1.6. What can Karel do?

Karel is a determined robot that can cross a jungle or a desert, explore caves, collect pearls on the ocean’s floor, climb icy mountains and do many other cool things:


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Figure 1.4: *

Karel the Robot.


He can detect collectible objects beneath him and obstacles in front of him. He can detect if he is facing North and if he is at his home square. He can also collect objects and/or remember their GPS coordinates, store them in variables and lists, and place objects on the floor or in containers as needed.

1.7. How does Karel differ from Python?

Despite its playful appearance, Karel features all key concepts of modern procedural programming. Technically speaking, it is a complete Turing machine. As you will see later, the Karel programs presented in this textbook range from very simple to extremely challenging.

As we already mentioned, the new version of the Karel language is influenced by Python. Basic Python concepts such as numbers, text strings, logical values, and lists are implemented in Karel. Also, Karel knows basic Python statements. However, not every code written in Karel will work in Python and vice versa. Karel does not use the colon symbol : after compound statements if, while, def, etc. Karel has the loop repeat which is a simplified version of the Python for loop. Also, Karel has a set of its own commands and functions such as go, left, right which are not available in Python.

1.8. Review questions

Note: For all review questions in this book: None, one, or multiple answers may be correct.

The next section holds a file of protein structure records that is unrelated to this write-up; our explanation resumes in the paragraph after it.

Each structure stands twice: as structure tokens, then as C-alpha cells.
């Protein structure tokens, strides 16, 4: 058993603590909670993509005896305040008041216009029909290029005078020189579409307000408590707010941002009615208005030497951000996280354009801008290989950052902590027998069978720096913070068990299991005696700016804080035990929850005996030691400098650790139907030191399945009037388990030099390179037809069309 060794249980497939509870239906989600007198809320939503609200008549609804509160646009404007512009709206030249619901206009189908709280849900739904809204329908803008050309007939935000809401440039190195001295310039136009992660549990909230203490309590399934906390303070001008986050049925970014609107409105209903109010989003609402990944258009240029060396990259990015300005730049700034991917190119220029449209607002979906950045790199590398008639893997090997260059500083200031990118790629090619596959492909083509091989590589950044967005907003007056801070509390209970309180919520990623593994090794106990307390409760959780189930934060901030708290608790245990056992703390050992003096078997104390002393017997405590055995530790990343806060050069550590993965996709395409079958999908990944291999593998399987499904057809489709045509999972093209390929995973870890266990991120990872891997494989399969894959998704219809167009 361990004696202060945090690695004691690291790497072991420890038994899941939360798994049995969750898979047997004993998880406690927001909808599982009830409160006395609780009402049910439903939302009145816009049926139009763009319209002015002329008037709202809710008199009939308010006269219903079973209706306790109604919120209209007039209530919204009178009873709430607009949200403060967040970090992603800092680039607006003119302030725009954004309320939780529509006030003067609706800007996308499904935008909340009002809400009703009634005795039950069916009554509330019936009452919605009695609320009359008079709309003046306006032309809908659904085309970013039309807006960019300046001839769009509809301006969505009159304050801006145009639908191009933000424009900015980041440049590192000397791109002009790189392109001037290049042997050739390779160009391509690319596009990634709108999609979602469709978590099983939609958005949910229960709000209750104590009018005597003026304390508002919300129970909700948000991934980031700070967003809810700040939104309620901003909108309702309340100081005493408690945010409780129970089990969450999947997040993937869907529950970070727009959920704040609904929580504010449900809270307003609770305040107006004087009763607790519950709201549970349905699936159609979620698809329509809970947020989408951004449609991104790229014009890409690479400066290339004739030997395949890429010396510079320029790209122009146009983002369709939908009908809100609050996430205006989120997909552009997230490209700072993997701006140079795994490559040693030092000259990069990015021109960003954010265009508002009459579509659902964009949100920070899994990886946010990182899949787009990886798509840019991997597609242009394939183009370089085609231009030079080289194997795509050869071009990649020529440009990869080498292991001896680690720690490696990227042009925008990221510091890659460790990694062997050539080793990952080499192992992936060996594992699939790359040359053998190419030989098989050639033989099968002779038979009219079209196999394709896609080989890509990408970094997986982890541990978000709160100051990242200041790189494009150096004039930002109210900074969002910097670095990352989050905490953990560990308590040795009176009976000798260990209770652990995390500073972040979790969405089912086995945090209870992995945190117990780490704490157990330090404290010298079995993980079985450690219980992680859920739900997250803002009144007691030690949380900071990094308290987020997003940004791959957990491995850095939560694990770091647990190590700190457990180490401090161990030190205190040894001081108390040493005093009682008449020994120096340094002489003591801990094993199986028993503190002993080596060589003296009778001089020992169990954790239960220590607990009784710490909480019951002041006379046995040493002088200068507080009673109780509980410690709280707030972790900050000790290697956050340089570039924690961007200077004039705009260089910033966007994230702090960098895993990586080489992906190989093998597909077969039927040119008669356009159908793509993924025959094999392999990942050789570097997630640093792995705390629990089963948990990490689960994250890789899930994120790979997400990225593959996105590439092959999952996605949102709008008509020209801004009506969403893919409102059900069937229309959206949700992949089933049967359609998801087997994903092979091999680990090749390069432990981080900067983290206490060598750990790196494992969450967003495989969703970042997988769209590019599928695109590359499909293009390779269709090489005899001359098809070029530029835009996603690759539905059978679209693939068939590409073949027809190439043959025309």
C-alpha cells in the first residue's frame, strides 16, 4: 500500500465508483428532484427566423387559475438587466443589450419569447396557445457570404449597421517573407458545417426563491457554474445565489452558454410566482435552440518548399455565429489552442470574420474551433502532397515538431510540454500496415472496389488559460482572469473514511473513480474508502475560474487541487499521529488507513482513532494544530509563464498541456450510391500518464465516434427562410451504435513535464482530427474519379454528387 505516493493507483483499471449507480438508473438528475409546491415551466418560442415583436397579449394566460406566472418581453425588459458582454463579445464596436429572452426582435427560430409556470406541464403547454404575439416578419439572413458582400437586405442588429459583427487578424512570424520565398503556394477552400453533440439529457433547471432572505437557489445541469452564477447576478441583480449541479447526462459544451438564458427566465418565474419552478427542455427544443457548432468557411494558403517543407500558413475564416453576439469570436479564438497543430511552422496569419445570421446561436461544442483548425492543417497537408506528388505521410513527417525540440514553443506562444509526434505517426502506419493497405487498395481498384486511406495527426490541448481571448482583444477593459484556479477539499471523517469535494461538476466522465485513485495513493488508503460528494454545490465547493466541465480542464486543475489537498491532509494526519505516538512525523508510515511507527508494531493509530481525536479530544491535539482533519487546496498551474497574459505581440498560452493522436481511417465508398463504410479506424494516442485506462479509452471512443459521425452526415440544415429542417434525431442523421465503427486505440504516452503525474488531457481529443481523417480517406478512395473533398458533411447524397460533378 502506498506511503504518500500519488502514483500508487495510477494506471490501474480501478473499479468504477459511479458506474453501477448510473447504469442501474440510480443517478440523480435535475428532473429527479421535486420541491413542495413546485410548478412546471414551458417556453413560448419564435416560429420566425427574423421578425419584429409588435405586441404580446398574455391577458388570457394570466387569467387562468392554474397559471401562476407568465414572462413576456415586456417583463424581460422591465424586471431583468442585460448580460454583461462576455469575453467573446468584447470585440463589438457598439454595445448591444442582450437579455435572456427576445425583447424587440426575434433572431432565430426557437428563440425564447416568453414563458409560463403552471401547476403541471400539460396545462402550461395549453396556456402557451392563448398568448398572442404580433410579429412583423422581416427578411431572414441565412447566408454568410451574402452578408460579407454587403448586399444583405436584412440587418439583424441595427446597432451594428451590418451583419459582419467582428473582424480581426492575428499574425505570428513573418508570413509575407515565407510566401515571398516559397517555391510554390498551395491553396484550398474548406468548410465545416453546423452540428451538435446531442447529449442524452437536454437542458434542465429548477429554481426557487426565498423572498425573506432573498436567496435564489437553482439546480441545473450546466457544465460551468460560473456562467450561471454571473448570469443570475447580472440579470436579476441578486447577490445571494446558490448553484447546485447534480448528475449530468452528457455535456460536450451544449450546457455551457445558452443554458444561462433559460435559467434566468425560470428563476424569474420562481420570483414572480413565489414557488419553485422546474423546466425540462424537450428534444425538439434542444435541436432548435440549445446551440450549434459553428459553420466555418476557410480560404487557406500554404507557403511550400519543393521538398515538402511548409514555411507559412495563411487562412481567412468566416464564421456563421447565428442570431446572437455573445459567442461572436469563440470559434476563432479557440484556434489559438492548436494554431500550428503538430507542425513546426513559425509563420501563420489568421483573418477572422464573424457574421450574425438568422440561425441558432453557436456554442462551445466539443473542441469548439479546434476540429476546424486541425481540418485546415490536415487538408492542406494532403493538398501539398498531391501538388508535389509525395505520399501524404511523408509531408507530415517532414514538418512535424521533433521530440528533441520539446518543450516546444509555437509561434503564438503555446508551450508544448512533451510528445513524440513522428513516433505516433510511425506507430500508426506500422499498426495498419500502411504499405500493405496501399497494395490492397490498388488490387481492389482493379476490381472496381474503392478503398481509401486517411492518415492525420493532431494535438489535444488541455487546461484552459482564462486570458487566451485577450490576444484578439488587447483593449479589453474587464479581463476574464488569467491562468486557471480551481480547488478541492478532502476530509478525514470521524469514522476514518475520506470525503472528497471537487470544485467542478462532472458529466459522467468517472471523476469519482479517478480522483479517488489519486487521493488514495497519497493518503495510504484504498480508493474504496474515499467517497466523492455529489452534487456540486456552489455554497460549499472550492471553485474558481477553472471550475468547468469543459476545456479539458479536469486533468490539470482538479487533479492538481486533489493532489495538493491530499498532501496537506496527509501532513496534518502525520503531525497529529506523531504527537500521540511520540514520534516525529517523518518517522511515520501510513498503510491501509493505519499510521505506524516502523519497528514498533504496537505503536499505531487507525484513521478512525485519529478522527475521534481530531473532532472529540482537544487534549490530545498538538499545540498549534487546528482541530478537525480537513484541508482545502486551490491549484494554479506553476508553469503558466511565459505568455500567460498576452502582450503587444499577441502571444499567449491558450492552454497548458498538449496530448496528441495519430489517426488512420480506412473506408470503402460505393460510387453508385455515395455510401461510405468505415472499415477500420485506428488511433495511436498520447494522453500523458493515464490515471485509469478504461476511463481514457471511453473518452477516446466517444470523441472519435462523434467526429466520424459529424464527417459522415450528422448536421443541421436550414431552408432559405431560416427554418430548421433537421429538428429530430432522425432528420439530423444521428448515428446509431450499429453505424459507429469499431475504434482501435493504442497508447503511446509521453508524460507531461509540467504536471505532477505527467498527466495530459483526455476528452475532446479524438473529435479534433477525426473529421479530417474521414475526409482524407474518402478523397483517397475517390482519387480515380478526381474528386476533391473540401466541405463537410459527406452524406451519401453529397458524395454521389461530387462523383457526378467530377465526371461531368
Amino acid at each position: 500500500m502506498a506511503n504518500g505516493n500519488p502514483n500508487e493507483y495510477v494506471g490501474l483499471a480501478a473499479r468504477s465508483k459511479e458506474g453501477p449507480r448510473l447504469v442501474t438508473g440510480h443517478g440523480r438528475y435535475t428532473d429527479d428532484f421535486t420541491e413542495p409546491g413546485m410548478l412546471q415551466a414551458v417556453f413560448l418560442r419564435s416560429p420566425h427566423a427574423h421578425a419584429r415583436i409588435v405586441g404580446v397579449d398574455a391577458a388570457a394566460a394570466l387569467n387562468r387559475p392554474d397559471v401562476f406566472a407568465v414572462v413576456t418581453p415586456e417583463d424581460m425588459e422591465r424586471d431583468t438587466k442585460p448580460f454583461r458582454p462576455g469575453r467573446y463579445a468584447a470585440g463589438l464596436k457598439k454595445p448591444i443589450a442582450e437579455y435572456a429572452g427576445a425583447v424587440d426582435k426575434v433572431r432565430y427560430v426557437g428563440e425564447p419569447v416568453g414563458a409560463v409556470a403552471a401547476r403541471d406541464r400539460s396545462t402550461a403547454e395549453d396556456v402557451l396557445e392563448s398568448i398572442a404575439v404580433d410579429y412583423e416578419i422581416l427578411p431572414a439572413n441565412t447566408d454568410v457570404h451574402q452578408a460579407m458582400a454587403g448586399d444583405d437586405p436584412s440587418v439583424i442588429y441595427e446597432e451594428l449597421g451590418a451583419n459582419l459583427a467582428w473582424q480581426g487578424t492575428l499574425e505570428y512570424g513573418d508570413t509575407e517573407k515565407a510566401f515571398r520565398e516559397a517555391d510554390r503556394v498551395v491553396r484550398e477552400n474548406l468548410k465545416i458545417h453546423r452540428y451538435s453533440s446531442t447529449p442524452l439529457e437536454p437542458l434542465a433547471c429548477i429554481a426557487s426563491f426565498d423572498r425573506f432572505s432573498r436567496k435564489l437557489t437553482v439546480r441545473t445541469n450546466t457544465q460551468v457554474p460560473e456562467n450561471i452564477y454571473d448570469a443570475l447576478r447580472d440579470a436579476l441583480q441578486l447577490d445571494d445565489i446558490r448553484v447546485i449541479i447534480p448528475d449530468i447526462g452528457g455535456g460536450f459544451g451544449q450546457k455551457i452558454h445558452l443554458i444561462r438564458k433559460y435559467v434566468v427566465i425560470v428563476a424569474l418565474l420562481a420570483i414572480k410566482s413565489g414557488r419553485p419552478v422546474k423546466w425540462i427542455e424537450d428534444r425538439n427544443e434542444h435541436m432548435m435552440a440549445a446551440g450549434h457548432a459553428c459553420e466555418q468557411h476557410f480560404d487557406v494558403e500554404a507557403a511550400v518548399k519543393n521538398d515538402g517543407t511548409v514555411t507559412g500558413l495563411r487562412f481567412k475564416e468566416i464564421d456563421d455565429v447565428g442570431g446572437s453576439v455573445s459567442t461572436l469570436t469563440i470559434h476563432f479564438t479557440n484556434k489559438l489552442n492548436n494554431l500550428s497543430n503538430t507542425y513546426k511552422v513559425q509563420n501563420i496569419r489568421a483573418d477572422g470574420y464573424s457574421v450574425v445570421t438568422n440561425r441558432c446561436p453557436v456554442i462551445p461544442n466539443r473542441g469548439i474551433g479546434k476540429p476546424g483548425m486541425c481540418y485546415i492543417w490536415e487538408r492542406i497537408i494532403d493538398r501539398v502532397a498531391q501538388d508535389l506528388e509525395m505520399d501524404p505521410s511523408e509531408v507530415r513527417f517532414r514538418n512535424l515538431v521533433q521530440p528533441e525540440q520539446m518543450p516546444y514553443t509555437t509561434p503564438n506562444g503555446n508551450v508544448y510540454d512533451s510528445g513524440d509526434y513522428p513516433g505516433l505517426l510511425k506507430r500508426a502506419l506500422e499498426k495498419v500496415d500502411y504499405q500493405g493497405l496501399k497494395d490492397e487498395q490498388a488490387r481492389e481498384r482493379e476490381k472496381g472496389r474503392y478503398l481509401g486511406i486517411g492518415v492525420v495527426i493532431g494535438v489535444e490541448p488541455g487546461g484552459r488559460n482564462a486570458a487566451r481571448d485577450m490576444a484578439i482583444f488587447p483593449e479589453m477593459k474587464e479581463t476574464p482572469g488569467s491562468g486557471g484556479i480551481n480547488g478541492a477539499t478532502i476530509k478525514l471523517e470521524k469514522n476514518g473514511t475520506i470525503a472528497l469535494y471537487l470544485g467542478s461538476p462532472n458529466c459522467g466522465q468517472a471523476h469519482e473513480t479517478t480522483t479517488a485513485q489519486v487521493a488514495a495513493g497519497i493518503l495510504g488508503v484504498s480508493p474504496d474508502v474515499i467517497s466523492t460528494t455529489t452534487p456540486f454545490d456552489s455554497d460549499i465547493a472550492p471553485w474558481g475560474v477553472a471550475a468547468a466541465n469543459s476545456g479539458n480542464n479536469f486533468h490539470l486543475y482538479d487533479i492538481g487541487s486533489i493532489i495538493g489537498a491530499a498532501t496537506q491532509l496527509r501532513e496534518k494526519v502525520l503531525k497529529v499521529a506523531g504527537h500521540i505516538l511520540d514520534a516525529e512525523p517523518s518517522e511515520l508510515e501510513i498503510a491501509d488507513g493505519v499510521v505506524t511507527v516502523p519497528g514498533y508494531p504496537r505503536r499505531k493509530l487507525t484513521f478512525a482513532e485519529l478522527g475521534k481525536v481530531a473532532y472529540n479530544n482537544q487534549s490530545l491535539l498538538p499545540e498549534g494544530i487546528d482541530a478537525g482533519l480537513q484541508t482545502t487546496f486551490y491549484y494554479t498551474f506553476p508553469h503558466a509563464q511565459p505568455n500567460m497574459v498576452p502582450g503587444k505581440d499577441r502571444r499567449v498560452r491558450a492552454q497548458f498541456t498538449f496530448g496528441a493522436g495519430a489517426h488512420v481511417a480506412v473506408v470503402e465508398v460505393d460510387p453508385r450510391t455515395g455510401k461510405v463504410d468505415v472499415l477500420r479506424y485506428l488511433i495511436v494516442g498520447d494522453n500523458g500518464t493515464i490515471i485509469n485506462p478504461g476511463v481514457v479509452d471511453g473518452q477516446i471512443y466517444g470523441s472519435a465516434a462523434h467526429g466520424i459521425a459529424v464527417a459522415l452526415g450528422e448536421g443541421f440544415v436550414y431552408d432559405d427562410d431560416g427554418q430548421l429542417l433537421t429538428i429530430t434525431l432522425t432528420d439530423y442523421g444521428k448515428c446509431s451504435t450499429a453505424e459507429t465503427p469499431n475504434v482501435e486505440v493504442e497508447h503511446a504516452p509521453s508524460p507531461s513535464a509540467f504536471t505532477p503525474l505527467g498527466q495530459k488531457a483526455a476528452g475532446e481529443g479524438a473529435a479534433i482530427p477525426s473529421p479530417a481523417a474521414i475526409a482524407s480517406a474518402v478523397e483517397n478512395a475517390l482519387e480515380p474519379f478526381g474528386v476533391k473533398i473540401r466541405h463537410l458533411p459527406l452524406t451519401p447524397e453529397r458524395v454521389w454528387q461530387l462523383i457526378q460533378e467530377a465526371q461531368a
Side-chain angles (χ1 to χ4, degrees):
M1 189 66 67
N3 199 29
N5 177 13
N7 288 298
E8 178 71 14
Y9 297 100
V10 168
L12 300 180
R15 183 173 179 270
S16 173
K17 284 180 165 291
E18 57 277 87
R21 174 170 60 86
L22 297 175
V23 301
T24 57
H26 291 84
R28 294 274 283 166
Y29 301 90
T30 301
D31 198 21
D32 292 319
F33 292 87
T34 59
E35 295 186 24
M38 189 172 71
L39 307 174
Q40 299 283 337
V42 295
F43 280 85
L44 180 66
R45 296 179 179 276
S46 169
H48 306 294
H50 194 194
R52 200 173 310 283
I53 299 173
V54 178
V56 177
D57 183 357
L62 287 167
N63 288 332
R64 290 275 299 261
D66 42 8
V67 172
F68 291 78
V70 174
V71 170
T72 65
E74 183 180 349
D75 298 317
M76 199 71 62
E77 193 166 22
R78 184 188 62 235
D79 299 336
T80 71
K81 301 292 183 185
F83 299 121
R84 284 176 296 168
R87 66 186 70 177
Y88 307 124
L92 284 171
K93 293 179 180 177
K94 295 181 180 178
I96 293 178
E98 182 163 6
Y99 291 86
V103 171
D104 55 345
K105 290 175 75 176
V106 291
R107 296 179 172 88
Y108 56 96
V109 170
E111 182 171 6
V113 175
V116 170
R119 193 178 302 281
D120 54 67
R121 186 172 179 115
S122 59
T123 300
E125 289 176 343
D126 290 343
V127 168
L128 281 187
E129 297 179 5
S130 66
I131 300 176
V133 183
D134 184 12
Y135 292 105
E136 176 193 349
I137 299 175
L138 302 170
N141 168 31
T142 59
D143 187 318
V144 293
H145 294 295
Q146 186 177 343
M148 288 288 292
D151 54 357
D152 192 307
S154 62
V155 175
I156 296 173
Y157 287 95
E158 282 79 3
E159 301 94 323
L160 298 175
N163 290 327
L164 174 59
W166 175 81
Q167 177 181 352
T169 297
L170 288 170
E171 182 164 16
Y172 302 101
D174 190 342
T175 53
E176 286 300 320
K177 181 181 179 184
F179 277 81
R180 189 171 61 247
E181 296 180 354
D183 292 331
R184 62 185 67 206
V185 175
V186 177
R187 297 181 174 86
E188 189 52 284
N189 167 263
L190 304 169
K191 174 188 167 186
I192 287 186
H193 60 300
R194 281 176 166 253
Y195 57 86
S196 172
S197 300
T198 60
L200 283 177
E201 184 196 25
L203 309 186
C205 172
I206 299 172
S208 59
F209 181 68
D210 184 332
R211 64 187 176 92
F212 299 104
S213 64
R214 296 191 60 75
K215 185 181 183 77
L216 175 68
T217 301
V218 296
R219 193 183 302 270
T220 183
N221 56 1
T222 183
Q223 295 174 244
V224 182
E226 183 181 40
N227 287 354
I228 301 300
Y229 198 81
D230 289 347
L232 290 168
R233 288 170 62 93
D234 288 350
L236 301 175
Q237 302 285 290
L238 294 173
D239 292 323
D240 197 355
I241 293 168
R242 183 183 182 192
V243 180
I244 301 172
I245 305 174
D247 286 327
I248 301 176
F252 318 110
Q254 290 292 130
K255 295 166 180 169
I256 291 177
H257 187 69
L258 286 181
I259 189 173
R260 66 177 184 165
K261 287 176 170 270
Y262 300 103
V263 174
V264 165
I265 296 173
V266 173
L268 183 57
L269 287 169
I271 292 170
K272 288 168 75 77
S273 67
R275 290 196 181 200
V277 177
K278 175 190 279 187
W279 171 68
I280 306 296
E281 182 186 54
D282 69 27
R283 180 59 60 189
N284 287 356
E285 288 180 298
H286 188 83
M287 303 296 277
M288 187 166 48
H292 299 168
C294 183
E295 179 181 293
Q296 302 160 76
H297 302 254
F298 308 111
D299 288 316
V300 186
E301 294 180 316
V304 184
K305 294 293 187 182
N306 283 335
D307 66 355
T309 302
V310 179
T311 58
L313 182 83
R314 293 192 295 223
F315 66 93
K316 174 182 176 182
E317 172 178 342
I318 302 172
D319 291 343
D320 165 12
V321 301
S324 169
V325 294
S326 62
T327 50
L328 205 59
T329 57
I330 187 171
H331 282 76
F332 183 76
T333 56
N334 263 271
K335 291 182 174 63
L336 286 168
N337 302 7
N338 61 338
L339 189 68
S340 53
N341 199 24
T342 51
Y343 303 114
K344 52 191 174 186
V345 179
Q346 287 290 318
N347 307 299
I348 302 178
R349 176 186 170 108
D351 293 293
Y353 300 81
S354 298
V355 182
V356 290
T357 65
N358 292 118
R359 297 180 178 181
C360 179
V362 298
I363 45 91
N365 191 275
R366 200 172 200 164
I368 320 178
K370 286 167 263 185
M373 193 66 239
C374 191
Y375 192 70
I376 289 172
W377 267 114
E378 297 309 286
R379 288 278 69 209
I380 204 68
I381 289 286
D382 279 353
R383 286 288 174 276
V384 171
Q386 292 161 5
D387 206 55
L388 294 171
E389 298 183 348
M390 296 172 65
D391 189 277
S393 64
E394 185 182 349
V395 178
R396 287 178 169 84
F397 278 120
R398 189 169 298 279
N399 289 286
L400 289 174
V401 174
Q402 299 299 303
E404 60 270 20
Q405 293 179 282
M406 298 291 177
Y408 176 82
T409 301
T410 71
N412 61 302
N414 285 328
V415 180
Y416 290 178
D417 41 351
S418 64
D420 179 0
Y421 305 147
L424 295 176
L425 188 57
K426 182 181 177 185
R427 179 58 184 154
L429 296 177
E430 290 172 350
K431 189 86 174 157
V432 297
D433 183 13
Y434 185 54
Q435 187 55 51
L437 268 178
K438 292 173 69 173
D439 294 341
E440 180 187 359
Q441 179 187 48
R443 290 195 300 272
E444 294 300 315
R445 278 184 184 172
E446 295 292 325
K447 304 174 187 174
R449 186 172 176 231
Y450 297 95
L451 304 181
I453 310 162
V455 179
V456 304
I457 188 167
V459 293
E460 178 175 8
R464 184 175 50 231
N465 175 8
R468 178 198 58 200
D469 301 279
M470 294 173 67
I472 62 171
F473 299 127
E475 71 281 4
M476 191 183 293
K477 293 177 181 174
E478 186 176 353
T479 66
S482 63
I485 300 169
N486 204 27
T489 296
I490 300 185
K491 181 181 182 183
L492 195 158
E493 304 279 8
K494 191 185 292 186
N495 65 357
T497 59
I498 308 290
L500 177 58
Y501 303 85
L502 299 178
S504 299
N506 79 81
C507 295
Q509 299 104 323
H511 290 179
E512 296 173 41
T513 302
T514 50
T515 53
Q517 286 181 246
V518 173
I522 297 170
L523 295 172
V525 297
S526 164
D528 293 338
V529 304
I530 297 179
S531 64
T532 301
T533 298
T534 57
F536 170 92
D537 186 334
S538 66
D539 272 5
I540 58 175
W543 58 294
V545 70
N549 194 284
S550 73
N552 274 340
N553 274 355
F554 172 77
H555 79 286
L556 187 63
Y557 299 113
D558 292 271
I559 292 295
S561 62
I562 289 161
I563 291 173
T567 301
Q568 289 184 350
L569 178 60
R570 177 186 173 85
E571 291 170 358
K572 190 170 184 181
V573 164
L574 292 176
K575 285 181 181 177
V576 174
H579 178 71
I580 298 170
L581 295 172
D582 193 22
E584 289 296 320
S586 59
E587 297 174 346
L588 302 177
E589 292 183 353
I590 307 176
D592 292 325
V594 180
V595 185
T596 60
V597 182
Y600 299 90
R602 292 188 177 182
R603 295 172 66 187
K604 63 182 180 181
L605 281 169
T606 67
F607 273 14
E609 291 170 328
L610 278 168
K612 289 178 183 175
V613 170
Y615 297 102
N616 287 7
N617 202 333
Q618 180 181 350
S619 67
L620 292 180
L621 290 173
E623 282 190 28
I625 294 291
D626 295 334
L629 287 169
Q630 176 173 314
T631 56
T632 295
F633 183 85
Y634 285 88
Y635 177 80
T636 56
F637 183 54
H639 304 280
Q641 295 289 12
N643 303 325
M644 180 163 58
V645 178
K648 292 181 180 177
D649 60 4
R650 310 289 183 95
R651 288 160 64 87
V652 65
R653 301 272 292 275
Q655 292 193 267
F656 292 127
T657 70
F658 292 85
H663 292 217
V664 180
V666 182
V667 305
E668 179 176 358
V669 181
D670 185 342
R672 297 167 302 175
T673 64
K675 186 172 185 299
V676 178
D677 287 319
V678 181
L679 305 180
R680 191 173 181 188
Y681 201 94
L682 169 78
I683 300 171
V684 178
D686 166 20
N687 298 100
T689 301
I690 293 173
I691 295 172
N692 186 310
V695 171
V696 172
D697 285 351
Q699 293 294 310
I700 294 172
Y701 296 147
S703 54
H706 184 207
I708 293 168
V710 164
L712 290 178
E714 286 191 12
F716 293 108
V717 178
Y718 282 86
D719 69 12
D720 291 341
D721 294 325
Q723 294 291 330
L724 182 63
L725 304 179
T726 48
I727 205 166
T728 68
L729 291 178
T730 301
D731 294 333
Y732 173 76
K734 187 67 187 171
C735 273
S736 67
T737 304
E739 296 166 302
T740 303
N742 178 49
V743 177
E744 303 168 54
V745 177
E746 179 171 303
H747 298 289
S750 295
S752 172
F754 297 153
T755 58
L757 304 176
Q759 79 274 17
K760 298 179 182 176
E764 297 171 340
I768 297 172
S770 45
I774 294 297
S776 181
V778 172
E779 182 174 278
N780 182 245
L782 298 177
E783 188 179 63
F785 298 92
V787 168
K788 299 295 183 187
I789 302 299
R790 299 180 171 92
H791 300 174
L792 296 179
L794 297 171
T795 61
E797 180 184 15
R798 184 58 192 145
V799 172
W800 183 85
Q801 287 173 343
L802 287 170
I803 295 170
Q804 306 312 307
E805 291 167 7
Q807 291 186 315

QUESTION 1.1. Karel Čapek was a famous Czech

A
musician
B
football player
C
hockey player
D
writer

QUESTION 1.2. The word "robot" was first introduced in

A
1921
B
1291
C
1991
D
1221

QUESTION 1.3. The word "robot" was first introduced in

A
the song Robotic Mind.
B
the book Uprising of Robots.
C
the theater play R.U.R.
D
the movie E.T.

QUESTION 1.4. Who created the educational programming language Karel the Robot?

A
Karel Čapek
B
Pavel Solin
C
Richard E. Pattis
D
John von Neumann

QUESTION 1.5. Name the university where Karel the Robot was first used!

A
MIT
B
Princeton
C
Harvard
D
Stanford

QUESTION 1.6. When was Karel the Robot created?

A
1981
B
1991
C
2001
D
1967

QUESTION 1.7. Why was Karel the Robot created?

A
To help students learn logic.
B
To help students learn keyboarding.
C
To help students learn geometry.
D
To help students learn robotics.

QUESTION 1.8. What major programming language influenced the original Karel language?

A
Cobol
B
Basic
C
Fortran
D
Pascal

QUESTION 1.9. How many times was Karel implemented in the past?

A
One time.
B
Two times.
C
At least three times.
D
Karelw as never implemented in the past.

QUESTION 1.10. The new Karel language used in this textbook is based on

A
C++
B
Lua
C
Python
D
Ruby

QUESTION 1.11. What command was newly introduced in the new Karel language?

A
left
B
right
C
jump
D
turn

QUESTION 1.12. Which of the following statements are true?

A
The colon : is not used in the Karel language.
B
Python contains all commands which are in Karel.
C
Karel contains all commands which are in Python.
D
Karel can use GPS coordinates.

QUESTION 1.13. What types of objects can be found in Karel’s maze in NCLab?

A
Walls only.
B
Beepers only.
C
Collectible objects, obstacles, and containers.
D
Walls and beepers.

QUESTION 1.14. What can Karel do?

A
Collect objects which are beneath him.
B
Detect obstacles which are in front of him.
C
Detect if he is facing North.
D
Place objects on the floor and/or in containers.

QUESTION 1.15. What is the main benefit of learning programming with Karel the Robot?

A
Karel is simplified C++.
B
Karel is a modern version of Cobol.
C
Karel is only for those who don’t want to learn any other programming language.
D
With Karel, one can learn programming methodology easily without struggling with the technical complexity of "real" programming languages.


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Created on September 27, 2018 in Karel.